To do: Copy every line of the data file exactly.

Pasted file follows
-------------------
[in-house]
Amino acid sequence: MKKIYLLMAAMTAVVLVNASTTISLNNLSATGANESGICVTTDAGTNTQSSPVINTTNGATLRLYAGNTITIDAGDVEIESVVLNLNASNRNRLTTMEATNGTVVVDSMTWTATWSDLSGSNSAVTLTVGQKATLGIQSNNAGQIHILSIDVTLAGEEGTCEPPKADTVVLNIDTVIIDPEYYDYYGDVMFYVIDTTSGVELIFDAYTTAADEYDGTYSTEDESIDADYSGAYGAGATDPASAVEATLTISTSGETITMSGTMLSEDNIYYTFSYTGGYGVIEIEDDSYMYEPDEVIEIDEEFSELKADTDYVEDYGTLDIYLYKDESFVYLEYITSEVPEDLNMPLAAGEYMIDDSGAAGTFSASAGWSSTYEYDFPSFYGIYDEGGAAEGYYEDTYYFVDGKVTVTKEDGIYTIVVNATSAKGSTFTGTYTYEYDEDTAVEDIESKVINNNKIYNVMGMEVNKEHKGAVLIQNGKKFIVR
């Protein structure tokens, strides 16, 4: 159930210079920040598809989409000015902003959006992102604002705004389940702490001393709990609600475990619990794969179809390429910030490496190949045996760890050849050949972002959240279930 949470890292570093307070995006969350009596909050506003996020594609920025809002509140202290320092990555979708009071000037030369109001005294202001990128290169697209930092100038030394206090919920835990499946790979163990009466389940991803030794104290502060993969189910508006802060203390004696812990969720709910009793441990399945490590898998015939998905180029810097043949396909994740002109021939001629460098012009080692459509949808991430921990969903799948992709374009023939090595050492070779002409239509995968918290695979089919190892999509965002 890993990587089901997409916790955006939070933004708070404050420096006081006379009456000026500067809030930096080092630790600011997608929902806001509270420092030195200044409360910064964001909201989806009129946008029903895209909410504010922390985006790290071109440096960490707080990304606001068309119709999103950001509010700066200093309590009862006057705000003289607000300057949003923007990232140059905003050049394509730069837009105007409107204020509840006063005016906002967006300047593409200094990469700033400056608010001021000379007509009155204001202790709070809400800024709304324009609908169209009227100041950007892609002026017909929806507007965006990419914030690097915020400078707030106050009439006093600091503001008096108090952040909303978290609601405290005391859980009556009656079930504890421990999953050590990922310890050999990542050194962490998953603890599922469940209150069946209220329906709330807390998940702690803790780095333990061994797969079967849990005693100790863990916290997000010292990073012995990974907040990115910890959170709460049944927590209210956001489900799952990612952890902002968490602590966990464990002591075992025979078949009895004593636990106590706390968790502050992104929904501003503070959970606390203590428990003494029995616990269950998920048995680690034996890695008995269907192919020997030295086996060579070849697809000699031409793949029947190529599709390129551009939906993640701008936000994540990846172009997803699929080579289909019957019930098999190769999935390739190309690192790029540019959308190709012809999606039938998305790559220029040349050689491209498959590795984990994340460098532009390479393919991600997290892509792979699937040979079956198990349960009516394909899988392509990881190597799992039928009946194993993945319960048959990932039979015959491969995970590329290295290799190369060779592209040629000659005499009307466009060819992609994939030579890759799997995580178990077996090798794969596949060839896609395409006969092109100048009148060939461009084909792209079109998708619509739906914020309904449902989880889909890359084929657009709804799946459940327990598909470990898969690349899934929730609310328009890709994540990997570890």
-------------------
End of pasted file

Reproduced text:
[in-house]
Amino acid sequence: MKKIYLLMAAMTAVVLVNASTTISLNNLSATGANESGICVTTDAGTNTQSSPVINTTNGATLRLYAGNTITIDAGDVEIESVVLNLNASNRNRLTTMEATNGTVVVDSMTWTATWSDLSGSNSAVTLTVGQKATLGIQSNNAGQIHILSIDVTLAGEEGTCEPPKADTVVLNIDTVIIDPEYYDYYGDVMFYVIDTTSGVELIFDAYTTAADEYDGTYSTEDESIDADYSGAYGAGATDPASAVEATLTISTSGETITMSGTMLSEDNIYYTFSYTGGYGVIEIEDDSYMYEPDEVIEIDEEFSELKADTDYVEDYGTLDIYLYKDESFVYLEYITSEVPEDLNMPLAAGEYMIDDSGAAGTFSASAGWSSTYEYDFPSFYGIYDEGGAAEGYYEDTYYFVDGKVTVTKEDGIYTIVVNATSAKGSTFTGTYTYEYDEDTAVEDIESKVINNNKIYNVMGMEVNKEHKGAVLIQNGKKFIVR
């Protein structure tokens, strides 16, 4: 159930210079920040598809989409000015902003959006992102604002705004389940702490001393709990609600475990619990794969179809390429910030490496190949045996760890050849050949972002959240279930 949470890292570093307070995006969350009596909050506003996020594609920025809002509140202290320092990555979708009071000037030369109001005294202001990128290169697209930092100038030394206090919920835990499946790979163990009466389940991803030794104290502060993969189910508006802060203390004696812990969720709910009793441990399945490590898998015939998905180029810097043949396909994740002109021939001629460098012009080692459509949808991430921990969903799948992709374009023939090595050492070779002409239509995968918290695979089919190892999509965002 890993990587089901997409916790955006939070933004708070404050420096006081006379009456000026500067809030930096080092630790600011997608929902806001509270420092030195200044409360910064964001909201989806009129946008029903895209909410504010922390985006790290071109440096960490707080990304606001068309119709999103950001509010700066200093309590009862006057705000003289607000300057949003923007990232140059905003050049394509730069837009105007409107204020509840006063005016906002967006300047593409200094990469700033400056608010001021000379007509009155204001202790709070809400800024709304324009609908169209009227100041950007892609002026017909929806507007965006990419914030690097915020400078707030106050009439006093600091503001008096108090952040909303978290609601405290005391859980009556009656079930504890421990999953050590990922310890050999990542050194962490998953603890599922469940209150069946209220329906709330807390998940702690803790780095333990061994797969079967849990005693100790863990916290997000010292990073012995990974907040990115910890959170709460049944927590209210956001489900799952990612952890902002968490602590966990464990002591075992025979078949009895004593636990106590706390968790502050992104929904501003503070959970606390203590428990003494029995616990269950998920048995680690034996890695008995269907192919020997030295086996060579070849697809000699031409793949029947190529599709390129551009939906993640701008936000994540990846172009997803699929080579289909019957019930098999190769999935390739190309690192790029540019959308190709012809999606039938998305790559220029040349050689491209498959590795984990994340460098532009390479393919991600997290892509792979699937040979079956198990349960009516394909899988392509990881190597799992039928009946194993993945319960048959990932039979015959491969995970590329290295290799190369060779592209040629000659005499009307466009060819992609994939030579890759799997995580178990077996090798794969596949060839896609395409006969092109100048009148060939461009084909792209079109998708619509739906914020309904449902989880889909890359084929657009709804799946459940327990598909470990898969690349899934929730609310328009890709994540990997570890």